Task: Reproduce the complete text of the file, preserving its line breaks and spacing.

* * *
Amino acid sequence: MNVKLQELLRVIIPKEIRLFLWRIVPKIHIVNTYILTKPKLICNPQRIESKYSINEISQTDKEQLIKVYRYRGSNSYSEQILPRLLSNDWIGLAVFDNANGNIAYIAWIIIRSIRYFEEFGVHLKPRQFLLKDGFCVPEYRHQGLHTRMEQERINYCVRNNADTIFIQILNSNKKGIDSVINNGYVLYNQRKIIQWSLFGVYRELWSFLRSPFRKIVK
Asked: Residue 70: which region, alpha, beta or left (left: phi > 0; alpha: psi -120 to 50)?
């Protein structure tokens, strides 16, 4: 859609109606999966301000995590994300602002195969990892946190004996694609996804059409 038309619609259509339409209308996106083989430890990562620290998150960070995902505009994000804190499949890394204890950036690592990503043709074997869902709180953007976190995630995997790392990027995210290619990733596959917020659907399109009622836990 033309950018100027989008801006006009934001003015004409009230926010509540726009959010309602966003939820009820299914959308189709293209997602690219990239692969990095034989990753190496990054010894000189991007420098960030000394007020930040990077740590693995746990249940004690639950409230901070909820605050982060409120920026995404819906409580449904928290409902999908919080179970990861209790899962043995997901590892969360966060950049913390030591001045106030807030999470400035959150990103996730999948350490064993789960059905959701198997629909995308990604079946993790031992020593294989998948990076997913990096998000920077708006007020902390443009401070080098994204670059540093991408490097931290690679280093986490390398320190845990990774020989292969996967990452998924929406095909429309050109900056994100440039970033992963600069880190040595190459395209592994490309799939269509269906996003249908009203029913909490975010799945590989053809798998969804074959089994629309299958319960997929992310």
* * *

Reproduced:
Amino acid sequence: MNVKLQELLRVIIPKEIRLFLWRIVPKIHIVNTYILTKPKLICNPQRIESKYSINEISQTDKEQLIKVYRYRGSNSYSEQILPRLLSNDWIGLAVFDNANGNIAYIAWIIIRSIRYFEEFGVHLKPRQFLLKDGFCVPEYRHQGLHTRMEQERINYCVRNNADTIFIQILNSNKKGIDSVINNGYVLYNQRKIIQWSLFGVYRELWSFLRSPFRKIVK
Asked: Residue 70: which region, alpha, beta or left (left: phi > 0; alpha: psi -120 to 50)?
């Protein structure tokens, strides 16, 4: 859609109606999966301000995590994300602002195969990892946190004996694609996804059409 038309619609259509339409209308996106083989430890990562620290998150960070995902505009994000804190499949890394204890950036690592990503043709074997869902709180953007976190995630995997790392990027995210290619990733596959917020659907399109009622836990 033309950018100027989008801006006009934001003015004409009230926010509540726009959010309602966003939820009820299914959308189709293209997602690219990239692969990095034989990753190496990054010894000189991007420098960030000394007020930040990077740590693995746990249940004690639950409230901070909820605050982060409120920026995404819906409580449904928290409902999908919080179970990861209790899962043995997901590892969360966060950049913390030591001045106030807030999470400035959150990103996730999948350490064993789960059905959701198997629909995308990604079946993790031992020593294989998948990076997913990096998000920077708006007020902390443009401070080098994204670059540093991408490097931290690679280093986490390398320190845990990774020989292969996967990452998924929406095909429309050109900056994100440039970033992963600069880190040595190459395209592994490309799939269509269906996003249908009203029913909490975010799945590989053809798998969804074959089994629309299958319960997929992310």